Luxury apartment and retail project gets tax breaks from Amherst IDA

A project to convert a vacant Main Street building into high-end apartments and retail space is getting nearly $930,000 in tax breaks from the Amherst Industrial Development Agency.

The $9.2 million project will demolish the existing building at 5927-5951 Main St. and construct a three-story building, covering 56,000 square feet of space, that will include first-floor retail space and 20 upscale apartments on the second and third floors.

The apartments are expected to rent for as little as $1,500 a month for a one-bedroom unit as small as 1,250 square feet, and more than $2,000 a month for apartments as big as 1,850 square feet, developer Jonathan Bevilacqua said Friday.

Williamsville Mayor Brian Kulpa said the project is a “great opportunity” to create retail and upscale housing in the village at a site now occupied by a building he described as a “single story dungeon of retail” that has been vacant for more than a year.

“We desperately want housing that appeals to millennials and seniors,” he said.

Kulpa said he believed the apartments would appeal to “seniors with means” who no longer want to own their own home but would like to live in a well-appointed apartment in the heart of the village.

The IDA approved the tax breaks in a 4-2 vote, with board members Michelle Marconi and Carlton Brock opposing the incentives. Brock raised concerns about providing subsidies for what he described as a luxury housing project.

“I’m just concerned we’re outpricing the average person,” he said.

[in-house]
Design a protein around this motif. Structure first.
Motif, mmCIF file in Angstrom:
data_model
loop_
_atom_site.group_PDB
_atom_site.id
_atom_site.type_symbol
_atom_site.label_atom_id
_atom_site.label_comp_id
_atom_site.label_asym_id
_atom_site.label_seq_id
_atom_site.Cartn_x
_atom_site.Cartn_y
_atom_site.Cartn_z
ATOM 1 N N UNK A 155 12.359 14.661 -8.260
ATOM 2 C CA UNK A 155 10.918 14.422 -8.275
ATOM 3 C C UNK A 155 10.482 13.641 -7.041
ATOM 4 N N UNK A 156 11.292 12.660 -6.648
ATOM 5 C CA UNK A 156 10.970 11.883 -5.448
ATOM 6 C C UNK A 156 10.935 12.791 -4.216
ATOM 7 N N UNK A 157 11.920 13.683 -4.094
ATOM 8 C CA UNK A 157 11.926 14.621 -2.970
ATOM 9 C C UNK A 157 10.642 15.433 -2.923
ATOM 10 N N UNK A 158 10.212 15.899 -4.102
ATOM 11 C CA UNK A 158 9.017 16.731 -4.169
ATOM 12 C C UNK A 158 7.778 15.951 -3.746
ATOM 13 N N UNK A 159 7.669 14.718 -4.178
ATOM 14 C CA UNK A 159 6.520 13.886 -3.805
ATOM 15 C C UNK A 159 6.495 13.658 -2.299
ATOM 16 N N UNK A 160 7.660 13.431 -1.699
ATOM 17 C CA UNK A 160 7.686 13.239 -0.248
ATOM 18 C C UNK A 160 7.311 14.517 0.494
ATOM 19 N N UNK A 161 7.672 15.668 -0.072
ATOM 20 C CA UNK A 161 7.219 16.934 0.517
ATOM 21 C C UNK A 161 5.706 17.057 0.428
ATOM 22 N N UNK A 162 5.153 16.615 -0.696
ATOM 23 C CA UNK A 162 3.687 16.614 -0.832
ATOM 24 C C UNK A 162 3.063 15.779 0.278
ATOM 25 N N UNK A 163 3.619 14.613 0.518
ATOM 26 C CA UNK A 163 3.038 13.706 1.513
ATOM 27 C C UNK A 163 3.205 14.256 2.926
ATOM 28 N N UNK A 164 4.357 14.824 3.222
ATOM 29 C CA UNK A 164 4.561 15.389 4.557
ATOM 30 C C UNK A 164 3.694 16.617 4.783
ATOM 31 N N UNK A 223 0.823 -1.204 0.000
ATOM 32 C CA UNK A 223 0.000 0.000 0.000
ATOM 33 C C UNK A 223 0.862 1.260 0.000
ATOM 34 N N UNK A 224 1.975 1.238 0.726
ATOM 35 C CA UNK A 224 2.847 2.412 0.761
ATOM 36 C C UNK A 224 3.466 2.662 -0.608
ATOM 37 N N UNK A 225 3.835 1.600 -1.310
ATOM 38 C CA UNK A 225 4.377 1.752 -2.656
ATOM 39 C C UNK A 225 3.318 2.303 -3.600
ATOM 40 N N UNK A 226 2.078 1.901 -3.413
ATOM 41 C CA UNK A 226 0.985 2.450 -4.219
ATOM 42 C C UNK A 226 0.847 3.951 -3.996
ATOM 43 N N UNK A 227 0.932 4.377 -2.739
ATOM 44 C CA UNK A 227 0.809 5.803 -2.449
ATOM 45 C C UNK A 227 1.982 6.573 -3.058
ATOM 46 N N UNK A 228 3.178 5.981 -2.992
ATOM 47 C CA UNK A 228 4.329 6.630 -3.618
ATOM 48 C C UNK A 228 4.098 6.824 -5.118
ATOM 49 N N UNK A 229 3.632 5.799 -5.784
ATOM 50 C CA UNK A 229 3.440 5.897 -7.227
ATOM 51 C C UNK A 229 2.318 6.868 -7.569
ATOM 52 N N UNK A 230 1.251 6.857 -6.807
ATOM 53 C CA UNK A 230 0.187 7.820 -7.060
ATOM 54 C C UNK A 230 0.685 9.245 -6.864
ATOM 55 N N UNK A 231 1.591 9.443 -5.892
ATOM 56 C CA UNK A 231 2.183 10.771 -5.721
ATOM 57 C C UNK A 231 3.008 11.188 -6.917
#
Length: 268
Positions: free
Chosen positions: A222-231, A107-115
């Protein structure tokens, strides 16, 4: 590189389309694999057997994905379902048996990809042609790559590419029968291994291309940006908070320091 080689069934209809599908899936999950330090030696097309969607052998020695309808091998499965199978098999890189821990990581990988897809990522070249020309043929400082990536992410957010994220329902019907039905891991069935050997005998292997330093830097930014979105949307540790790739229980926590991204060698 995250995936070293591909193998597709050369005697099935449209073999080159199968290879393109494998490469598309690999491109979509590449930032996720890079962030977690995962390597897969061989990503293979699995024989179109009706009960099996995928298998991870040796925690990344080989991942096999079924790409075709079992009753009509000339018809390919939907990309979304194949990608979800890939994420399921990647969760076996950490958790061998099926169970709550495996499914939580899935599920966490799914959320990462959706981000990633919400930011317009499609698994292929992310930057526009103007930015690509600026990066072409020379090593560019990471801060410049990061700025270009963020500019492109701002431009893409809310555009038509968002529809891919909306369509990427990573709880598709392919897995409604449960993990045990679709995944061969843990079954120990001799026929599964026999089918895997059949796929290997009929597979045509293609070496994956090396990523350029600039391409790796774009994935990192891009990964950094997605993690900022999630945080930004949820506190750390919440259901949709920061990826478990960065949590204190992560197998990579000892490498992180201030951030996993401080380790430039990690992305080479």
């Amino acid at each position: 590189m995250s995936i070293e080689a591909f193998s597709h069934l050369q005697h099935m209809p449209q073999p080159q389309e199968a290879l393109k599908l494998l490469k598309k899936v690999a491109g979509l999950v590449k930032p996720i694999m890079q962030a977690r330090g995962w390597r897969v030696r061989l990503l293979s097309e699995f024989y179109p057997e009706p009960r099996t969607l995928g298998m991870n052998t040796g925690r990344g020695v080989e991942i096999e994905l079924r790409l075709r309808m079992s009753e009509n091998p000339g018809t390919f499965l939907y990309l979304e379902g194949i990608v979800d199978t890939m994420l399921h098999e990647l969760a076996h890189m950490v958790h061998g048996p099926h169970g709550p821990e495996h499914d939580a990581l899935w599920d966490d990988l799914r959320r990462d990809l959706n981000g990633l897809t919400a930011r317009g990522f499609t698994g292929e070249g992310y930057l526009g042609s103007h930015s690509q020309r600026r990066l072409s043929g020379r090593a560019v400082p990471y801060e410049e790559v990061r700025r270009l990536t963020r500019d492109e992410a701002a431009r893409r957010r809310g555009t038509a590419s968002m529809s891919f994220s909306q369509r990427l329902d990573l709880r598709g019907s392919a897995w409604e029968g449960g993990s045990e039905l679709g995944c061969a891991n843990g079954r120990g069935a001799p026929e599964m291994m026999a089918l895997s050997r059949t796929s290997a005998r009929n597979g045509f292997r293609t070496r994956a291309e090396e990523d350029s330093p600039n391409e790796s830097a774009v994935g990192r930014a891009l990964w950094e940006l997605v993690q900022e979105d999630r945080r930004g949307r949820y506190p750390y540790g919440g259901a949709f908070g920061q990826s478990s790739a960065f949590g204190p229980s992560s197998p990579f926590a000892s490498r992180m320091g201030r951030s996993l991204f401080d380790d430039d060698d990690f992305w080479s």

While retail and market-rate housing projects generally are not eligible for tax breaks, the project qualified for incentives because it is in a designated neighborhood enhancement zone, said James Allen, the IDA’s executive director.

Allen said redevelopment projects typically are more expensive for developers to undertake than greenfield developments. The Bevilacqua project is located on a brownfield site.

“It’s very costly,” he said. “This project, as a greenfield site someplace, we probably wouldn’t do.”

Marconi, however, questioned the need for taxpayer incentives. “Why is it necessary for the taxpayers to provide an incentive at this level in order to provide a profit” for the developer?, he said.

The 1.7-acre site is located across from Williamsville South High School at the corner of Main Street and Richfield Road. Bevilacqua plans to create space for as many as seven potential retail tenants on the first floor, which will have a total of about 15,000 square feet of leasable space. Construction is expected to begin early next year.

The tax breaks cover the cost of construction associated with the shell of the building and the apartments, but do not include any costs tied to building out the first floor retail space for any tenants that might agree to move in. The retail portion of the project is expected to account for about 22 percent of the $9.2 million in total costs, making it eligible for incentives because it is below the 33 percent limit on retail components set by state law.

Despite the tax breaks, the project is expected to generate nearly $1.4 million in additional school, county and town taxes over the 10-year period covered by the incentives.

“This property has been an eyesore for the past 30-plus years,” said IDA board member Aaron Stanley.

The IDA also approved $184,000 in tax breaks for a $2.7 million project by Nidus Development Co. to buy and renovate an 18,125-square-foot office building at 2150 Wehrle Drive that will be the new home of Nidus’ headquarters and back-office operations, along with space rented to the Visiting Nurses Association and Premier Mortgage.

Nidus, which will be moving from an office in Clarence, said it could not find suitable space in that community and had considered moving the work to Maryland or Georgia, where it also has development properties, Allen said.

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